Outdoor Chenango: Preparing Your Traps
Published: September 6th, 2023
By: Eric Davis

Outdoor Chenango: Preparing Your Traps Eric Davis

Trapping season will be here before you know it and it is important to have your traps ready to go before you go out in October (or later) to set them. The process of cleaning, dyeing, and waxing traps can seem daunting but can be accomplished if you are prepared for all that it involves.

The first step is to inspect your traps for any problems. This could be mechanical problems such as bent dogs or it could be visual problems like your trap tag missing or having the wrong information on it.

As a reminder, in New York, your trap must have a tag that has either your name and address or your 12-digit NYSDEC ID number (which is on your license). I have gone to the DEC number as I moved during and after college and got tired of removing tags with old addresses and putting new tags on. Fix any traps with problems before you boil them. This makes it so there is minimal handling of the traps once the preparation process has begun. Once each trap is ready, place a nail in the jaws of the trap unless they are rubber-coated jaws.

Fill a large pot about half to two-thirds full of water leaving room in the pot for the water level to rise once traps are put into the pot. I like turkey fryer pots as I use a turkey fryer to heat the pots. I have seen others use small livestock watering tubs, beer kegs that are cut in half, and other various metal containers along this line.

They are often used over a wood fire and are placed on stacked stone/brick or on metal stands. Add a degreaser to the water. Toilet cleaner is commonly used. This helps strip any old wax off from the traps or factory grease from new traps. Get the water to a boil and add traps to the pot. I wire traps into small groups of 4-6 traps and use the turkey fryer hook to place the bundle of traps into the water. Let the traps sit in the water for about half an hour before removing them from the water. Upon removing the traps, I hit them with a garden hose on the jet setting. This is because as the wax melts off the trap when heated, it will float on top of the water, so when you pull the traps out of the water, a thin layer of old wax will get on the traps. Repeat this process until you have boiled all your traps, adding water and cleaner as needed. I hang the traps on nails driven into a pallet that is stood up and leaned against a tree or post. This lets the traps drip dry and start to get a coat of surface rust.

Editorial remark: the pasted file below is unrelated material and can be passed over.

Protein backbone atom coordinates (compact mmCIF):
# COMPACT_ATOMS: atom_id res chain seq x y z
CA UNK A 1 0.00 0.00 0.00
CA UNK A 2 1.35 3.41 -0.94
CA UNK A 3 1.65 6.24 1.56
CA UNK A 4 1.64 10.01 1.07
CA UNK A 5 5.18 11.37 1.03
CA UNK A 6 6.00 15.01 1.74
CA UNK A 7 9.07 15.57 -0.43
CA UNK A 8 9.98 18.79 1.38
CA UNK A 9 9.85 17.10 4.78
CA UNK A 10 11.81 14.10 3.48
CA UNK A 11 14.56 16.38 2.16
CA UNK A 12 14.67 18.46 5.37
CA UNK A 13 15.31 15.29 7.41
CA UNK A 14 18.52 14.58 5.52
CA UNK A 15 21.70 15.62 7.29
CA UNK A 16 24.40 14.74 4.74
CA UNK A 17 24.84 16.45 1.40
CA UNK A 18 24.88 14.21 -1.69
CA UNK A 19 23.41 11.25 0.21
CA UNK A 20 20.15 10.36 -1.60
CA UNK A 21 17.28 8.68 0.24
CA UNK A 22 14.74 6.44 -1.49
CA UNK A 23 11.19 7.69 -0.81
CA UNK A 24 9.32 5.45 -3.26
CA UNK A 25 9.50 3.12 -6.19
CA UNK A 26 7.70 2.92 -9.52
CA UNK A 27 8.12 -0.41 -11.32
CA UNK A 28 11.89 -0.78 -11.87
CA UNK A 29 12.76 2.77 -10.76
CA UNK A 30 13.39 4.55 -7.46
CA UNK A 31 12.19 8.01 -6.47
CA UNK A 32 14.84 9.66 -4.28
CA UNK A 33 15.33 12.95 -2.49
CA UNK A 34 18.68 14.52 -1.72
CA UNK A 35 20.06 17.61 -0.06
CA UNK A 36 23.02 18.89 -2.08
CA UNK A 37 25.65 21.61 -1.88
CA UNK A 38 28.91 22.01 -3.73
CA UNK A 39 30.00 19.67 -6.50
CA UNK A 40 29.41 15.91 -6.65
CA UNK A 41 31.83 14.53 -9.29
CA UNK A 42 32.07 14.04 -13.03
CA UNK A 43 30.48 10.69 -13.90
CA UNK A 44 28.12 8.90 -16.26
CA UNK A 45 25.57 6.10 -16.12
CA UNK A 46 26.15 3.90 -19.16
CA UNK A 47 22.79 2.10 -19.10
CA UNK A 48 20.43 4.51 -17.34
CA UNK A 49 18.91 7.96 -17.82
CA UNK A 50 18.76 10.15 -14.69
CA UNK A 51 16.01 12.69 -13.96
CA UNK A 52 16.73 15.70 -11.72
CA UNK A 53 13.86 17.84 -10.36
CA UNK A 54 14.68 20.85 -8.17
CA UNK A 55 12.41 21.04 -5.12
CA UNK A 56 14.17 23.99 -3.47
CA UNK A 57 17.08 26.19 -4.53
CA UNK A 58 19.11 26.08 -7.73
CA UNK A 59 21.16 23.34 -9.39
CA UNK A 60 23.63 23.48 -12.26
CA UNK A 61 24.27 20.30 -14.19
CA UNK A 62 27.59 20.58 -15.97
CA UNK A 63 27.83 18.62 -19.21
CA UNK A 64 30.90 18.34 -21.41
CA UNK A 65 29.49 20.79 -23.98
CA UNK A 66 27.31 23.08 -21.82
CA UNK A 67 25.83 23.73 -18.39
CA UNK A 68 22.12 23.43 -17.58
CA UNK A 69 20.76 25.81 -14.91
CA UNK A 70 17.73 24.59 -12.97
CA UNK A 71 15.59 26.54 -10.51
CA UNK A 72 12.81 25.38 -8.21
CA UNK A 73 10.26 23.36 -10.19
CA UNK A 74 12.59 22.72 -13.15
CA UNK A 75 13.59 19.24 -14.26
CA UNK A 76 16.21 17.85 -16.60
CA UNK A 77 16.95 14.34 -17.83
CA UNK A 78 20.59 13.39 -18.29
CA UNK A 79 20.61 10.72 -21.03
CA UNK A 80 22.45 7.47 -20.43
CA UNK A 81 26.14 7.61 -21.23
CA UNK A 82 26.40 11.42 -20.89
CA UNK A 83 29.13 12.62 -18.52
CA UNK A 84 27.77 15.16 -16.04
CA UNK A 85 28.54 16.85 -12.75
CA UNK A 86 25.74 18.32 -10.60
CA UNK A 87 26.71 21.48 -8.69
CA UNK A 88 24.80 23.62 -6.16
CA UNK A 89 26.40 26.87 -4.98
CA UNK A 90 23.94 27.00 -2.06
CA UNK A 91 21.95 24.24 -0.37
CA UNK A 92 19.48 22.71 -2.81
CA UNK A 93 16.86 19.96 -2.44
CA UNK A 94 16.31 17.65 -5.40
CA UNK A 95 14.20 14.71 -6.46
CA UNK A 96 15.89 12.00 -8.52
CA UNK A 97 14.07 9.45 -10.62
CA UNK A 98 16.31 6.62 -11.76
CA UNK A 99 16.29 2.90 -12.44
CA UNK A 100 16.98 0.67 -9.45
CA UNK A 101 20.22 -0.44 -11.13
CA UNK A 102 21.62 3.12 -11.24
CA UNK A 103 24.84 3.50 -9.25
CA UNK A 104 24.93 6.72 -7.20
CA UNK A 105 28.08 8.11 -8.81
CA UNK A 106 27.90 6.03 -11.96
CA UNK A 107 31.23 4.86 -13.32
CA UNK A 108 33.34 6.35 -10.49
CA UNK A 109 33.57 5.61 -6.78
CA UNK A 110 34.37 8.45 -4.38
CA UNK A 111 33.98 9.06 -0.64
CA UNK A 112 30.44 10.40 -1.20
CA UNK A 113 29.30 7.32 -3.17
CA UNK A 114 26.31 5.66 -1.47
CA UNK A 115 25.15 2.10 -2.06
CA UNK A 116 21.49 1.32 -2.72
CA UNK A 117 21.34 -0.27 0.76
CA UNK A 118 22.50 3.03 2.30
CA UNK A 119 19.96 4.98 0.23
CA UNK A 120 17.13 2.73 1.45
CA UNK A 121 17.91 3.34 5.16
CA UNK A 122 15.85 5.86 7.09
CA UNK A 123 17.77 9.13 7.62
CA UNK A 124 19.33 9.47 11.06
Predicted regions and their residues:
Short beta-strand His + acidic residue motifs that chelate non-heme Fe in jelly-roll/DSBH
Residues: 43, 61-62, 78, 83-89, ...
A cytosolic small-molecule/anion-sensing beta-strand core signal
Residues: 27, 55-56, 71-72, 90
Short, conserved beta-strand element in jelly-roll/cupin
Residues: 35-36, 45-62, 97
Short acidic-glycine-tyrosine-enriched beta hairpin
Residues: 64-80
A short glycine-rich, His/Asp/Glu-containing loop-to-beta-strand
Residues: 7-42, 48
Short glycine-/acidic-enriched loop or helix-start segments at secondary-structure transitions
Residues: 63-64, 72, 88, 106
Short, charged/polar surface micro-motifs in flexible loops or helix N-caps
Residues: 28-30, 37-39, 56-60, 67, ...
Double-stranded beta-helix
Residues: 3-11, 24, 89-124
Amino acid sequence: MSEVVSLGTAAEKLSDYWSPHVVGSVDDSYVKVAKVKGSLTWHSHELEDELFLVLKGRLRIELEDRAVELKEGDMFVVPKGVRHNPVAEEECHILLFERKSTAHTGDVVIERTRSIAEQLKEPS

After at least a week, fill your pot again with water and whatever dye you want to use. Logwood powder dye is easy to work with but other trappers use sumac fruit or black walnut hulls. Add your bundle of traps and follow the directions for how long to leave them in the dye before removing them. Repeat until all your traps have been dyed, adding water and dye when needed. Be prepared to wax your traps the same day or the next day. Some trappers like to add a couple pounds of wax to the dye water so that as they remove their traps, they get coated with wax.

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I keep a separate pot that is solely used for waxing traps. Heat the pot with wax in it until all the wax is melted and it looks like the oil in a deep fryer. Make sure your traps are dry and don’t have a lot of water on them as the water will cause the hot wax to pop and gurgle like hot grease or oil. Slowly lower a bundle of traps into the wax. You will see a thick layer of wax build on each trap as the wax hardens onto the cooler surface of the trap. After a few minutes, you will notice the layer of wax deteriorates as the trap heats up to the same temperature of the wax. Once this has occurred, remove the traps and hang them to dry, preferably out of direct sunlight.

Once all the traps have been waxed and are dry, remove them from their bundle, scrape the excess wax off the dog and pan latch, remove the nail from between the jaws, set the trap and test fire it. Make sure it fires as a reasonable pan level and under the right amount of pressure on the pan. If the trap passes this, add a cable stake (if you use cable stakes) and place it into a plastic tote.

Remember, do NOT wax conibear or body-gripping traps. This makes them fire easier and can cause you a lot of pain if they accidentally fire when you are setting the trap.